- How to write your own classes with methods and data members
- How to control access to your methods and data members
- How to use objects on the stack and on the heap
- What the life cycle of an object is
- How to write code that is executed when an object is created or destroyed
- How to write code to copy or assign objects
Please note that all the code examples for this chapter are available as a part of this chapter’s code download on the book’s website at www.wrox.com/go/proc++3e on the Download Code tab.
As an object-oriented language, C++ provides facilities for using objects and for writing object definitions, called classes. You can certainly write programs in C++ without classes and objects, but by doing so, you do not take advantage of the most fundamental and useful aspect of the language; writing a C++ program without classes is like traveling to Paris and eating at McDonald’s. In order to use classes and objects effectively, you must understand their syntax and capabilities.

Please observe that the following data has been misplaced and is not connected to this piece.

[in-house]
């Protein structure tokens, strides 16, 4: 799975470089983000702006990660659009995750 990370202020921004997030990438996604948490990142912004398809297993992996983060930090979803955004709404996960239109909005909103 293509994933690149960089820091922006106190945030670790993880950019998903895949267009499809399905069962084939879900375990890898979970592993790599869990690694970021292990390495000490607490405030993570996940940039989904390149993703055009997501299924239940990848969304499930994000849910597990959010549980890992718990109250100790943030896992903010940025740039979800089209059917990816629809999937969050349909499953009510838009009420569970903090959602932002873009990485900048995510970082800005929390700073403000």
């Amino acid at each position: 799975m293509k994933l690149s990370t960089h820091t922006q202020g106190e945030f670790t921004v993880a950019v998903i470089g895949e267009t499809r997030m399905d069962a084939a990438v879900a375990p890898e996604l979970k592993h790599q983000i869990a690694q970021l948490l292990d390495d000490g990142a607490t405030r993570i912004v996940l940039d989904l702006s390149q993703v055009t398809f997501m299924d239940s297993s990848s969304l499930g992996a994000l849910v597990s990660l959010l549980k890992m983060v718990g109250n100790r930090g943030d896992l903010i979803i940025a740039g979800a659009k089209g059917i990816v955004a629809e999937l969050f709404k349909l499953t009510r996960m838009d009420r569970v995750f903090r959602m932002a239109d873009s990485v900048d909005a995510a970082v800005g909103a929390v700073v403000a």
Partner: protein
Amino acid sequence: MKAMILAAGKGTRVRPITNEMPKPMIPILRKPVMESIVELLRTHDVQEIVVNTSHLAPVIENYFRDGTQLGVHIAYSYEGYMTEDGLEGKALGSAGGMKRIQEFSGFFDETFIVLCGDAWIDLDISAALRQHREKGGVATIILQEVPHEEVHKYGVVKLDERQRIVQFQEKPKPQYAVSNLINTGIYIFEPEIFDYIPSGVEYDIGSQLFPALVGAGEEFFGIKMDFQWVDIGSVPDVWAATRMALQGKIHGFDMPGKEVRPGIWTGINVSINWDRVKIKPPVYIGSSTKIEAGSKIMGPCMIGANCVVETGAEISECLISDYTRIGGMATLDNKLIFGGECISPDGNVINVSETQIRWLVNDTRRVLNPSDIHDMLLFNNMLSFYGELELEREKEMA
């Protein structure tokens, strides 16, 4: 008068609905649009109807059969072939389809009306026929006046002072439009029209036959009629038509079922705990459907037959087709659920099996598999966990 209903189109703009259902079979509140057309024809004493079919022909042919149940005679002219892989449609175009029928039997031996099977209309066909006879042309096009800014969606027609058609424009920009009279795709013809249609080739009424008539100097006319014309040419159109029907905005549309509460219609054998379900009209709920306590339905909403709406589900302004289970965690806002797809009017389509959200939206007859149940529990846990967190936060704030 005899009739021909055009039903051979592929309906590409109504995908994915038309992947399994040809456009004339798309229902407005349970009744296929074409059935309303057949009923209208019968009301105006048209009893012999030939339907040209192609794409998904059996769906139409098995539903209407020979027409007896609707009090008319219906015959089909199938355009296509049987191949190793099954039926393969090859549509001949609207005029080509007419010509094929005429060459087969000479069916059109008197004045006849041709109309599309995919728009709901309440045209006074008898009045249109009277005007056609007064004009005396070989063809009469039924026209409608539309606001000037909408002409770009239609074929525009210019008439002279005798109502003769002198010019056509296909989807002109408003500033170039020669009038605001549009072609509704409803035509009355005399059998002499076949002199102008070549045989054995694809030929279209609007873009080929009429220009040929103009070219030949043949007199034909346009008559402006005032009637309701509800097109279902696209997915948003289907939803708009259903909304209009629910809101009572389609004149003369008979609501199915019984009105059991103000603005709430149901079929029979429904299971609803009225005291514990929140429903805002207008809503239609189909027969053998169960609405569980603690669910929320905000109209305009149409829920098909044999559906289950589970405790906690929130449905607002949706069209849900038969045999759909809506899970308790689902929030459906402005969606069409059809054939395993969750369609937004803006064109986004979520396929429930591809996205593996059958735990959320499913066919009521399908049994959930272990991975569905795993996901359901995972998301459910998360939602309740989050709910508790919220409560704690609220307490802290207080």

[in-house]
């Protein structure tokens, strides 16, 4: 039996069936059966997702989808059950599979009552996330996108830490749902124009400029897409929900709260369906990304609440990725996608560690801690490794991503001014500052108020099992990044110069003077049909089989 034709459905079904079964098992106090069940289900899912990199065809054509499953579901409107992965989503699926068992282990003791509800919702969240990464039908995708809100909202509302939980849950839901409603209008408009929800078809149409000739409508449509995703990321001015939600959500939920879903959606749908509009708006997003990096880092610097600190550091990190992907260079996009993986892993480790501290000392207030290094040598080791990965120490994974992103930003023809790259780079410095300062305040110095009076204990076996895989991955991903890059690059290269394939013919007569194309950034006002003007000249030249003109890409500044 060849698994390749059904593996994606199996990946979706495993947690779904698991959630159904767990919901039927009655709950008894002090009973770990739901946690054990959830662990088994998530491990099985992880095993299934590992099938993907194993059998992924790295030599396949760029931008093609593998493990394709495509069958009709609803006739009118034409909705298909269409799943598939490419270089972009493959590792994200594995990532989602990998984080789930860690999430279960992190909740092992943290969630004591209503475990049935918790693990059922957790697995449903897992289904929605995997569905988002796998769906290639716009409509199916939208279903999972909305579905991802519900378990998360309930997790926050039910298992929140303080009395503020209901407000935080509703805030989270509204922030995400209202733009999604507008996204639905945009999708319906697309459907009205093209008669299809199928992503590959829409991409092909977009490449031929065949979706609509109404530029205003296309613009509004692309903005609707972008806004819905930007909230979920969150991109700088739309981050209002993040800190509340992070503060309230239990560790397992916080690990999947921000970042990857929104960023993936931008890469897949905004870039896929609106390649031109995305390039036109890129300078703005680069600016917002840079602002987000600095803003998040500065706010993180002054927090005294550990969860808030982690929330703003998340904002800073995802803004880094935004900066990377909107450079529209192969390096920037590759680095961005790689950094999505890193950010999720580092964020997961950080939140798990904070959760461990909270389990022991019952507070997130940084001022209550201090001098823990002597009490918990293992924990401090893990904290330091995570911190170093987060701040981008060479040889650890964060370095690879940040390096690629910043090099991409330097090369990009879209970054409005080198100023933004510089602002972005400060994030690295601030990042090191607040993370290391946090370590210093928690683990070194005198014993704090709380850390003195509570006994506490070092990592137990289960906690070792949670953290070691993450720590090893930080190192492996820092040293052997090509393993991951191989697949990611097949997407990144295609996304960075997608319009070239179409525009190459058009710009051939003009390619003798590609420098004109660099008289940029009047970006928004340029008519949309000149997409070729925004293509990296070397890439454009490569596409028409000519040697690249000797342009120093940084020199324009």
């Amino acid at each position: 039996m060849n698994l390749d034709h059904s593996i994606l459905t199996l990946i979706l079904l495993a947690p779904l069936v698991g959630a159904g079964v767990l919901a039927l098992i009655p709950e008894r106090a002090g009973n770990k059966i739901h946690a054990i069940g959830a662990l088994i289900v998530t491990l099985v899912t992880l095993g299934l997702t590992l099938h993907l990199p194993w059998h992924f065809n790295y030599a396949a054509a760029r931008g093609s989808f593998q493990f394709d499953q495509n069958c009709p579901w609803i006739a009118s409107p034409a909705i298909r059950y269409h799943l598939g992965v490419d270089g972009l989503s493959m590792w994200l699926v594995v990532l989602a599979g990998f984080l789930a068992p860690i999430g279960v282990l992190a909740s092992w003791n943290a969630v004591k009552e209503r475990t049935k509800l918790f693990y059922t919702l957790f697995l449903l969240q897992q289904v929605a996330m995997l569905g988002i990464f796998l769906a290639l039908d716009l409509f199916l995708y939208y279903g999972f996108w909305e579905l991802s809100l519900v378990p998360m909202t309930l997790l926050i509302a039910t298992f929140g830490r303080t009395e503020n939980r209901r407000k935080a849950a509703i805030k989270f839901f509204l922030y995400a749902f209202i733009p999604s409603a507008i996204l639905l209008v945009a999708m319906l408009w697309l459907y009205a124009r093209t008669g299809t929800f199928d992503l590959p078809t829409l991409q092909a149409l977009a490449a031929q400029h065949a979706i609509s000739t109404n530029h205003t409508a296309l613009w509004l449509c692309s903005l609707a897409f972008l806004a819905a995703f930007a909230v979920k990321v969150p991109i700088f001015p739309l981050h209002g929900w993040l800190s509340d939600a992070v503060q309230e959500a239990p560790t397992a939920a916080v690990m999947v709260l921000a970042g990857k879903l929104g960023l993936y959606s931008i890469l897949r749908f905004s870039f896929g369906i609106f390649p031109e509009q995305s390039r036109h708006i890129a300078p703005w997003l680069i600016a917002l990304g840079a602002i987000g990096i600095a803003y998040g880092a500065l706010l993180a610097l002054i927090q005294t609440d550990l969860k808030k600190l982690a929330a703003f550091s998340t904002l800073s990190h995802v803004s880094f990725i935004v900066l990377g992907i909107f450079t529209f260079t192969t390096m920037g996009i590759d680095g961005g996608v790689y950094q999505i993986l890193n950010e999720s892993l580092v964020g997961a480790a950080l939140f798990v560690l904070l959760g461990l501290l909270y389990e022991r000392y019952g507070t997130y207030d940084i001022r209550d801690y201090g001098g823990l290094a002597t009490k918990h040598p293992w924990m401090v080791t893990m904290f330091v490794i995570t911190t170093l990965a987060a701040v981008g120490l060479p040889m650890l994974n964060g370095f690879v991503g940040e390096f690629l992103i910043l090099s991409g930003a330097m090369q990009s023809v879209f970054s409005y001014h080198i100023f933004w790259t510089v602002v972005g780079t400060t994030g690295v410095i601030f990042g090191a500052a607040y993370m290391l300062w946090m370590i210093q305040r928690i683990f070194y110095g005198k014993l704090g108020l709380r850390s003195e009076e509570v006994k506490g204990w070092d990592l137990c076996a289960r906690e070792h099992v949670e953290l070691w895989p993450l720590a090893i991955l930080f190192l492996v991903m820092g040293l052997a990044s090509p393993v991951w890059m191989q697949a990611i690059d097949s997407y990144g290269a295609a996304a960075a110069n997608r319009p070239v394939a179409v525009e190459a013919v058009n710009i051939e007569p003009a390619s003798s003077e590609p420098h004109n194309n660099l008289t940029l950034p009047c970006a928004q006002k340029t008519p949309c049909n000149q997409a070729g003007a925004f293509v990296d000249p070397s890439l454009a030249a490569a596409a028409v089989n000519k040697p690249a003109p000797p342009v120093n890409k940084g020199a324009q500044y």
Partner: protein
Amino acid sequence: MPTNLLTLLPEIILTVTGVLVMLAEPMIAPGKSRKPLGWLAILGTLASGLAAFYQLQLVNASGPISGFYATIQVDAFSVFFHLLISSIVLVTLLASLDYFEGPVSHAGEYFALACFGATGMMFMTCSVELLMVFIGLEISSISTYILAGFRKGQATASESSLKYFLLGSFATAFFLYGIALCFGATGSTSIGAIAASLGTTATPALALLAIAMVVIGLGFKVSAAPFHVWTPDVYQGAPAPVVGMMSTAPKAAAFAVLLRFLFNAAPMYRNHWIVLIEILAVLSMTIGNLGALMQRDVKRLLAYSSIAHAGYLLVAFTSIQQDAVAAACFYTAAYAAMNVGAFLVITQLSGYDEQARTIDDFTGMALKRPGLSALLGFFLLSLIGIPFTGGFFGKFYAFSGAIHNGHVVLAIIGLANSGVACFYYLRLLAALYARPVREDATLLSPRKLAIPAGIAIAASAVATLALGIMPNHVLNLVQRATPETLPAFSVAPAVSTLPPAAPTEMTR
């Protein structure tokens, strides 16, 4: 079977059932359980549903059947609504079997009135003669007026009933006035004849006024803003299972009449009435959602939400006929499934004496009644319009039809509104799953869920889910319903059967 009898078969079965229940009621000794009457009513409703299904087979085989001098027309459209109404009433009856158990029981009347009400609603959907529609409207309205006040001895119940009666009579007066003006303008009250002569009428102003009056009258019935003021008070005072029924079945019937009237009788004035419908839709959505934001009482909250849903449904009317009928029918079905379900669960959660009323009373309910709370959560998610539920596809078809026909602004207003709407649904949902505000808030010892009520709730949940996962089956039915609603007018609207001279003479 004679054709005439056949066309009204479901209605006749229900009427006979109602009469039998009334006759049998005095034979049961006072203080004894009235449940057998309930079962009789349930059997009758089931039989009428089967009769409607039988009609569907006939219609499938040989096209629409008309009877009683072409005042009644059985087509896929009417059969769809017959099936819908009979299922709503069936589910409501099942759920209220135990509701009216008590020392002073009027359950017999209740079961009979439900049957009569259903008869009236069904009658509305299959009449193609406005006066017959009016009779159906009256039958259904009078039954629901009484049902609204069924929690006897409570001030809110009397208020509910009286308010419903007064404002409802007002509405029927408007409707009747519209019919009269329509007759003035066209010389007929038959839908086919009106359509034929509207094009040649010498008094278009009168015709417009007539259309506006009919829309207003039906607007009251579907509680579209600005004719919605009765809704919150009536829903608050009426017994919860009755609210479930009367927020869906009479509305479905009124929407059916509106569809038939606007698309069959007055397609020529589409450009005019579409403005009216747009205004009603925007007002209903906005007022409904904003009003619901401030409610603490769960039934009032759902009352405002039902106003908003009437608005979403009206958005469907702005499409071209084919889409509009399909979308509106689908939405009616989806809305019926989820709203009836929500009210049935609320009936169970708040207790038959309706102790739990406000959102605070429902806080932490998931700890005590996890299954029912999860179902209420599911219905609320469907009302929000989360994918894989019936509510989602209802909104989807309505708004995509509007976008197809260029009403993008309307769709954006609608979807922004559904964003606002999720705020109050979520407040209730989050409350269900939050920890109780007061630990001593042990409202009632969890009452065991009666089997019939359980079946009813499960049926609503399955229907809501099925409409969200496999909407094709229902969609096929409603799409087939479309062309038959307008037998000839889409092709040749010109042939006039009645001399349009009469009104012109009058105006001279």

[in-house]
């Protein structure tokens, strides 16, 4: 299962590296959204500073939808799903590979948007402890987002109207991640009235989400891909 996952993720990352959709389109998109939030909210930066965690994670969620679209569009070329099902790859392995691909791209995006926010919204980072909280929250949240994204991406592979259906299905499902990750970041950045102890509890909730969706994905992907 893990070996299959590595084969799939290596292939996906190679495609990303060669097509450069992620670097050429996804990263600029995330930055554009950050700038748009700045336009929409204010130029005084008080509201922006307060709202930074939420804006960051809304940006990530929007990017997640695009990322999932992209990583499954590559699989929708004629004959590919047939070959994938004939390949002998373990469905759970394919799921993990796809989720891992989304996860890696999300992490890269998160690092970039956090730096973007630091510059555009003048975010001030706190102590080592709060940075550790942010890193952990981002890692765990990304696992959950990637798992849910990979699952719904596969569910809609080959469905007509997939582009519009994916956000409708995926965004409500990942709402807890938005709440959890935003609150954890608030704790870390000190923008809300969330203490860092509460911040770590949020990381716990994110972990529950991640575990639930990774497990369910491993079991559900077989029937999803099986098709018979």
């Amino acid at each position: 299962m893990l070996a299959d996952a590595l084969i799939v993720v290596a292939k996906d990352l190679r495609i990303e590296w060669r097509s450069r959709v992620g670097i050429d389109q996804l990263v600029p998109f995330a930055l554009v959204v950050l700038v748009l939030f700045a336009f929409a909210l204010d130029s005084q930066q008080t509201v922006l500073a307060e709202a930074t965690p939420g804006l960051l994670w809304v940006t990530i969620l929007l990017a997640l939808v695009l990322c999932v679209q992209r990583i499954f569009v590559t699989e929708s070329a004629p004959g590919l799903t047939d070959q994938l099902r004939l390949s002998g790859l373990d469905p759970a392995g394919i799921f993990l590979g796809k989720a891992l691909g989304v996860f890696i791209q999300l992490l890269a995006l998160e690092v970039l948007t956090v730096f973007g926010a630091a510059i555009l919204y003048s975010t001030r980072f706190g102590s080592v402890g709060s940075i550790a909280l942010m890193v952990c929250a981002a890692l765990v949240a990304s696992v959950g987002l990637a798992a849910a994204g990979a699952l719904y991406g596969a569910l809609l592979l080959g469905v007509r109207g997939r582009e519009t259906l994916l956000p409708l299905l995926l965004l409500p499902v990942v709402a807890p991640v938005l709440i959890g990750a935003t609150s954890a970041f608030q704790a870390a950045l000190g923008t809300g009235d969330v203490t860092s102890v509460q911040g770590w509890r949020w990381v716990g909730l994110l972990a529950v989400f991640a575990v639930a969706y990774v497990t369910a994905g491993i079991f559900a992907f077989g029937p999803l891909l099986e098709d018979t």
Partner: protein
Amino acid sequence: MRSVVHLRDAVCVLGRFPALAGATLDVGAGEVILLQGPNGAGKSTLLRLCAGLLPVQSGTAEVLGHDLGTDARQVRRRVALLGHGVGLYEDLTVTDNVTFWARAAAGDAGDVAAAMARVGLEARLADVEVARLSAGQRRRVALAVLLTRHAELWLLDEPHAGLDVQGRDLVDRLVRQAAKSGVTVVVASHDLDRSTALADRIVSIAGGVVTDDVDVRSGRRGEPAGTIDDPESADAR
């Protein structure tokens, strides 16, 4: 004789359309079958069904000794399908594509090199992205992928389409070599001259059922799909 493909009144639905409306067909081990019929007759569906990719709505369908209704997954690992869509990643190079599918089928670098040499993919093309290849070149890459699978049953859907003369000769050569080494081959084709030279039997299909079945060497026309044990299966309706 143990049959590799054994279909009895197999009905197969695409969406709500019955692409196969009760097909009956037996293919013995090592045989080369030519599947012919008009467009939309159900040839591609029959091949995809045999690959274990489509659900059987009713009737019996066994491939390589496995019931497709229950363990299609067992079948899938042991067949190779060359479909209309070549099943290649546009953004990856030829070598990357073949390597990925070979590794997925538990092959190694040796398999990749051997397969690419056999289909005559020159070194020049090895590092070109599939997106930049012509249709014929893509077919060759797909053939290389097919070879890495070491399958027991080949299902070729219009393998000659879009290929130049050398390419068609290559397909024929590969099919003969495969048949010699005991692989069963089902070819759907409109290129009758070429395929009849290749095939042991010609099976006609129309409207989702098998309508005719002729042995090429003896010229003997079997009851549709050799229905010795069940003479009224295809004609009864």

Chapter 1 reviewed the basic syntax of class definitions. Chapter 5 introduced the object-oriented approach to programming in C++ and presented specific design strategies for classes and objects. This chapter describes the fundamental concepts involved in using classes and objects, including writing class definitions, defining methods, using objects on the stack and the heap, writing constructors, ...